United States v. Lloyd, 4 Blatchf. 427, Fed. Cas. No. 15,614, was a case arising under the federal statute. The validity of the statute was not doubted, although the witness was held under peculiar conditions of severity, because of which the court allowed him to be discharged upon his own recognizance in the sum of $1,000.
In State of Minnesota ex rel. v. Grace, 18 Minn. 398 (Gil. 359), a similar statute was upheld and applied in the case of a material witness where it was claimed that there was good reason to believe that he would leave the state before the trial and not return to be present at the time of such trial. The court, using the words of Lord Ellenborough in Benett v. Watson, 3 Maule & Selwyn, 1, said (page 402): 'The law intends that the witness shall be forthcoming at all events, and it is a lenient mode which it provides to permit him to go at large upon his own recognizance. However this is only one mode of accomplishing the end, which is his due appearance.' The witness, however, was discharged because of an entire absence of proof of any intention on his part not to appear and testify.
The comment of the court in Crosby v. Potts, 8 Ga. App. 463, 468, 69 S. E. 582, 584, is peculiarly apposite:
See, also, Ex parte Sheppard, 43 Tex. Cr. R. 372, 66 S. W. 304; Chamberlayne, Modern Law of Evidence, 3622.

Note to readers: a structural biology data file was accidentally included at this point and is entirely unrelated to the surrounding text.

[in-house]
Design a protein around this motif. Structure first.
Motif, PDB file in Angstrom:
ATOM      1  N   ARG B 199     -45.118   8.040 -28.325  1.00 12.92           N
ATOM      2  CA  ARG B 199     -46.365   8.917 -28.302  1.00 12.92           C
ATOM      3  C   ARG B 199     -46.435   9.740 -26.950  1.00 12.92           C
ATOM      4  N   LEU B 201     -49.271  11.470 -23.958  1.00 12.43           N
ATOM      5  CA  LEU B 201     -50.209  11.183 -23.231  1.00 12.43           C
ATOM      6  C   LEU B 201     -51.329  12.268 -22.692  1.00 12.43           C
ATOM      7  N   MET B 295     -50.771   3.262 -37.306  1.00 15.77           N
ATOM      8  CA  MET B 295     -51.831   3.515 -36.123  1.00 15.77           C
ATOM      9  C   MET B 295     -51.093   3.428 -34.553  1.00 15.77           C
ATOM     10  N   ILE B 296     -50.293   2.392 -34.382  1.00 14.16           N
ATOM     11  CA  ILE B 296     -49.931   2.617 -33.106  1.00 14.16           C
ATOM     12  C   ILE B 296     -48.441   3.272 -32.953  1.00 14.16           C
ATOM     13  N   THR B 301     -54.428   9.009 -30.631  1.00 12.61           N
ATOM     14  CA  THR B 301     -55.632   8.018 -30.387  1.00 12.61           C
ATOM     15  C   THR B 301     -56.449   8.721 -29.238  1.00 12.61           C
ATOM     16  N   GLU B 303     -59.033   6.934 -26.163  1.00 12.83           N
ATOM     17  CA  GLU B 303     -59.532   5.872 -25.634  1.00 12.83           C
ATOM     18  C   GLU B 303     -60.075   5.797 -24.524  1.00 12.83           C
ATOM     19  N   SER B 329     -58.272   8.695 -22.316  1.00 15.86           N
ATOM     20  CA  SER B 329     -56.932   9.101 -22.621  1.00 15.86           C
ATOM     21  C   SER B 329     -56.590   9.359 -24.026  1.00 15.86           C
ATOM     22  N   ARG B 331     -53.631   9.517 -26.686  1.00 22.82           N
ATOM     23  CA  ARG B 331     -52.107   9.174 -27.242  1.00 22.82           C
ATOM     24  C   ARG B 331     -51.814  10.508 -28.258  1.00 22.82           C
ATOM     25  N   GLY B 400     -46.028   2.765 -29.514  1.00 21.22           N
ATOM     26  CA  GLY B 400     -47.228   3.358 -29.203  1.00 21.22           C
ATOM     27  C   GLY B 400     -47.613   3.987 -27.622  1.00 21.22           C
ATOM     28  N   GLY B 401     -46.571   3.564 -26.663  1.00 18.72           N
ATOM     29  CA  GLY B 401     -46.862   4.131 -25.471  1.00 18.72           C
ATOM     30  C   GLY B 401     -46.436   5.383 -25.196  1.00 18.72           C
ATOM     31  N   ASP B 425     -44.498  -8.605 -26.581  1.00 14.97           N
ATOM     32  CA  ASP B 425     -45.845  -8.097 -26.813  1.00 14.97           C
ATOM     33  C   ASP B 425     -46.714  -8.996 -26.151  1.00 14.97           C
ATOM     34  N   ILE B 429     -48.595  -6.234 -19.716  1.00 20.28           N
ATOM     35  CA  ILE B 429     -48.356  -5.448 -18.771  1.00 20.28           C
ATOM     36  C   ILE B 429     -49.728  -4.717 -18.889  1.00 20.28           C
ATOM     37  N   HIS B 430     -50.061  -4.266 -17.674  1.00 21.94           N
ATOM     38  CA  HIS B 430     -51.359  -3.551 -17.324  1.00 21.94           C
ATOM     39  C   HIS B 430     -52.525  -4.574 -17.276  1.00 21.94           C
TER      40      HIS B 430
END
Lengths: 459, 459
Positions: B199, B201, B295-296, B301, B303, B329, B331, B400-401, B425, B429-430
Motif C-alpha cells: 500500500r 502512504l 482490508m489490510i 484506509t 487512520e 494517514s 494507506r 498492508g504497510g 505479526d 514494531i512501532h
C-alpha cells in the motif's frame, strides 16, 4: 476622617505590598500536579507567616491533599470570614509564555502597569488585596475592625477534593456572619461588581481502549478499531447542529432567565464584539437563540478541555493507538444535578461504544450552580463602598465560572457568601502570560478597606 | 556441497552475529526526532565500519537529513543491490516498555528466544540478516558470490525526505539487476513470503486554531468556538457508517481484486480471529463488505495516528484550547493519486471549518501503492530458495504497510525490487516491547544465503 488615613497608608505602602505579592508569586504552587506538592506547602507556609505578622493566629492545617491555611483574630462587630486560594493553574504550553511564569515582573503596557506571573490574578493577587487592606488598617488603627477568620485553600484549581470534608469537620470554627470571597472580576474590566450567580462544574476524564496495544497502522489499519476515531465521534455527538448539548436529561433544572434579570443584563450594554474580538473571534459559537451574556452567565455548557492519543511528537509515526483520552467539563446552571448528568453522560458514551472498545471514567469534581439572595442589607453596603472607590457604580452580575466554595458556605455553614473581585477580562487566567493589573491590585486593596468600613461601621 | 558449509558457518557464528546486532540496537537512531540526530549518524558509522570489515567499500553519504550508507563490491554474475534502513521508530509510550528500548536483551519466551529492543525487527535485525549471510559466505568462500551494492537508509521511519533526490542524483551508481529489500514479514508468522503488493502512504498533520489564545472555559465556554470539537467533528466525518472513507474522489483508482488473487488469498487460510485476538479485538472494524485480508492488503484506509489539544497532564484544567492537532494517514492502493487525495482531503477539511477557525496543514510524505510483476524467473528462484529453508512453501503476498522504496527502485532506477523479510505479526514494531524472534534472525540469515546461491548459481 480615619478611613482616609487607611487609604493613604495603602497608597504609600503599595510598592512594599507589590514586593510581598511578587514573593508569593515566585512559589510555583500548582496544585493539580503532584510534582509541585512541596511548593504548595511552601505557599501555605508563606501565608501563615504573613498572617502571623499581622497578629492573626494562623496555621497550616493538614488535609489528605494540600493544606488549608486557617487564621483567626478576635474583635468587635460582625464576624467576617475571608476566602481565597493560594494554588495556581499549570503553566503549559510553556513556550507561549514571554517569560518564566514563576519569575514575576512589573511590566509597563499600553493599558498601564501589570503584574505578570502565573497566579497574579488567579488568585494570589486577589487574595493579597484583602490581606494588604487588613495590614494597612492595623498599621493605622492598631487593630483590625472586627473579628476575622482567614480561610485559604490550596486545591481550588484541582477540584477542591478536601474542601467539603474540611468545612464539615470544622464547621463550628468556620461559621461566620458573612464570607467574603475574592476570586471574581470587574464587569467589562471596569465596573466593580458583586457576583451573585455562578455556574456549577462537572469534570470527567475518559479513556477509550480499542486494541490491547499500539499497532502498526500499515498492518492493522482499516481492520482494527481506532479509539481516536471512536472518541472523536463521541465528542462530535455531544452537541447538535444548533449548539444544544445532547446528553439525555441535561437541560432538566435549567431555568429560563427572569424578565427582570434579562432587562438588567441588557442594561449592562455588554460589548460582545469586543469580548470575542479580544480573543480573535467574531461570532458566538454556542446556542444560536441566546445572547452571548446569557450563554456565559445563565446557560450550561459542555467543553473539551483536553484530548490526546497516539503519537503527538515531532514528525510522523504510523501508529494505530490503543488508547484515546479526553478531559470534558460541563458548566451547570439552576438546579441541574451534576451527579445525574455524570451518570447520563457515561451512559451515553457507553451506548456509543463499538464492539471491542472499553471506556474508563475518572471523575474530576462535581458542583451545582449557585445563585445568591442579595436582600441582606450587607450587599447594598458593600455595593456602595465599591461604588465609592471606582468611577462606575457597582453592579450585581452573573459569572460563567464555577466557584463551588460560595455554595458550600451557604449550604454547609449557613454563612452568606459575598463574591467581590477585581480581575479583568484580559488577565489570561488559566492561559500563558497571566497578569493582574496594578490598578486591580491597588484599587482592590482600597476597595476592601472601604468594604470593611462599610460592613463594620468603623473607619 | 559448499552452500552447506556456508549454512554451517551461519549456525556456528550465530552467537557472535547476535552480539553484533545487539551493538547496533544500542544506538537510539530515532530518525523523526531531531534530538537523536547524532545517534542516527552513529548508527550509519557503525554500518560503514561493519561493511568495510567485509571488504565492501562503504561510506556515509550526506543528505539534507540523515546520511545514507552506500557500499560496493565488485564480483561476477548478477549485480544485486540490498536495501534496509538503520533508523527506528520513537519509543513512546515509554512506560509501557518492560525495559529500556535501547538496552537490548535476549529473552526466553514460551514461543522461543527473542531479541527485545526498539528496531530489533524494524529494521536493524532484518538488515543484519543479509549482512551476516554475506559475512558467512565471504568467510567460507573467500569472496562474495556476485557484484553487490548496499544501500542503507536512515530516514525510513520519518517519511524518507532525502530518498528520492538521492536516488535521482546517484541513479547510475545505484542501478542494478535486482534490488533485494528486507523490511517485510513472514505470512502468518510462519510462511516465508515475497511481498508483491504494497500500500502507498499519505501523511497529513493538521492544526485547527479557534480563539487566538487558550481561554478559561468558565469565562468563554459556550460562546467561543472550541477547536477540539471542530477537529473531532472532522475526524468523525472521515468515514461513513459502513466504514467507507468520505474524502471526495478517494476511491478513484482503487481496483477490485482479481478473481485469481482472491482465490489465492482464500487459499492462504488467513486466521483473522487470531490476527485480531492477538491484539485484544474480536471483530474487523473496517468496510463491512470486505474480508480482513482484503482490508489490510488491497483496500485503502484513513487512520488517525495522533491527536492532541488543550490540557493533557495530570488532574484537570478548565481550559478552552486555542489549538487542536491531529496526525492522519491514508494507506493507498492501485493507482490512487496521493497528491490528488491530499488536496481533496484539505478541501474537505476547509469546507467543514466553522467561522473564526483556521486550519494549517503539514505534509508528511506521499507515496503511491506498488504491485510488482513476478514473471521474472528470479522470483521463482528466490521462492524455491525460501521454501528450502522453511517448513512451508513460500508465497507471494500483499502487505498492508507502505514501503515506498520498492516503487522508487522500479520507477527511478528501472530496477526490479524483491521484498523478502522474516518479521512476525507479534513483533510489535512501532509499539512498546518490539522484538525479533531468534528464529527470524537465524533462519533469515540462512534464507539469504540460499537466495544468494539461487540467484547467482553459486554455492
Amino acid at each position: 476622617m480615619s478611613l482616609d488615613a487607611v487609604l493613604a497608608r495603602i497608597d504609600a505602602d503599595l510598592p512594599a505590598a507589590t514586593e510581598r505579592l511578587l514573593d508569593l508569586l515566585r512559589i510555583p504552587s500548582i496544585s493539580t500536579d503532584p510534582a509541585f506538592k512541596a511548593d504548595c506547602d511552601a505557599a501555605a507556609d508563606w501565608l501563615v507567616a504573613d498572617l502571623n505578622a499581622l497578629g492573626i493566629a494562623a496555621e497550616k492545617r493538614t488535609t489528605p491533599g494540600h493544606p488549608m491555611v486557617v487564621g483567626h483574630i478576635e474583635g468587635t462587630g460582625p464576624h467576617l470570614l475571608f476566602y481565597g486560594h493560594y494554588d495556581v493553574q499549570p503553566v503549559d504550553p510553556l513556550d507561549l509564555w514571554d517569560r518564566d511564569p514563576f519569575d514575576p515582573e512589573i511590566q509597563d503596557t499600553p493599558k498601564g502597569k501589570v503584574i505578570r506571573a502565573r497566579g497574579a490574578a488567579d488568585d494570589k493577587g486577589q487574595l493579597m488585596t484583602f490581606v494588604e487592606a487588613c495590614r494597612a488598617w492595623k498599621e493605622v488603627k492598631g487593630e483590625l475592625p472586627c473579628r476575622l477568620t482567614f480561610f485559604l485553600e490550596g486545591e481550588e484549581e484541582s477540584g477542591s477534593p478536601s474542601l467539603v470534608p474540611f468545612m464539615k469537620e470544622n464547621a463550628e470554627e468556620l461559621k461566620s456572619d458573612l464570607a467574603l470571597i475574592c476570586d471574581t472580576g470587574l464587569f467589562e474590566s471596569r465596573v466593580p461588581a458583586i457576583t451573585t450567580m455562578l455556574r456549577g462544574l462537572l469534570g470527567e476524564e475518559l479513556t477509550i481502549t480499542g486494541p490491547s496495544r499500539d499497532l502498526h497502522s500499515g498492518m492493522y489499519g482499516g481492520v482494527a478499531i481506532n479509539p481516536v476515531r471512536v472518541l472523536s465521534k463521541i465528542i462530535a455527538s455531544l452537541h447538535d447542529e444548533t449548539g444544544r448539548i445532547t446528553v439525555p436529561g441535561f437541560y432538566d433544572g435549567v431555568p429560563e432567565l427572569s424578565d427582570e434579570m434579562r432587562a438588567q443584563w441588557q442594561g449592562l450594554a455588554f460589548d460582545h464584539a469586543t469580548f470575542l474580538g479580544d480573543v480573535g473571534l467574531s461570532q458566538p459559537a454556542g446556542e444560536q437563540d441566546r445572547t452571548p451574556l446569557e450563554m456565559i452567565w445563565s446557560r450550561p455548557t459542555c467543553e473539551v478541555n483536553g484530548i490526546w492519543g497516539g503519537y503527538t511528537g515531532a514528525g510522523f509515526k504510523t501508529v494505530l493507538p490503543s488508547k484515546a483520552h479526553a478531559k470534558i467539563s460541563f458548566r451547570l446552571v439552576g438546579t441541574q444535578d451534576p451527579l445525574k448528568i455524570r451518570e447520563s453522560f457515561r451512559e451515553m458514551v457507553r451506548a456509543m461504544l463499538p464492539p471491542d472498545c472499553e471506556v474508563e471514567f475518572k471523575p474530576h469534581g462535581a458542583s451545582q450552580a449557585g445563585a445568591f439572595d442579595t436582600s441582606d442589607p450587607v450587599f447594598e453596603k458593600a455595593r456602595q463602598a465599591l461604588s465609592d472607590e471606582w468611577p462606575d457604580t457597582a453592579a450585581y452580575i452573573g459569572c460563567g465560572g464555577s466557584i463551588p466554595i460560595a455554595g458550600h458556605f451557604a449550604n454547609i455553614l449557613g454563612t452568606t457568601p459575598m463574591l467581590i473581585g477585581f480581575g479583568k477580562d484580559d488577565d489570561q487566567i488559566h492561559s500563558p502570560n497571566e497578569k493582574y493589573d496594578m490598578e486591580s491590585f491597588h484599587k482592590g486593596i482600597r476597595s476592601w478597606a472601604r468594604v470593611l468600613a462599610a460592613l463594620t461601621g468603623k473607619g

The rule is stated by Wharton, 1 Law of Evidence, 385, that where suspicions exist that a witness may disappear, or be spiriated away, before trial, in criminal cases, and when allowed by statute in civil cases, he may be held to bail to appear at the trial and may be committed on failure to furnish it, and that such imprisonment does not violate the sanctions of the federal or state Constitutions.
The validity of acts of Congress authorizing courts to exercise the power in question thus seems to be established. [279 U.S. 597, 619] The Senate, having sole authority under the Constitution to judge of the elections, returns and qualifications of its members, may exercise in its own right the incidental power of compelling the attendance of witnesses without the aid of a statute. Compare Reed v. County Commissioners, supra, page 388 of 277 U. S. (48 S. Ct. 531). The following appears from the report of the committee to the Senate upon which the action here complained of was taken. 'A subpoena was issued for his appearance early in June. A diligent search failed to locate him. Finally Representative Golder of the Fourth District of Pennsylvania communicated with the committee, stating that Cunningham would accept service. His whereabouts was disclosed and he was served.' Upon examination by the committee, he repeatedly refused to answer questions which the committee deemed relevant and of great importance, not upon the ground that the answers would tend to incriminate him, but that they involved personal matters. These questions have already been recited, and it is impossible for us to say that the information sought and refused would not reflect light upon the validity of Vare's election.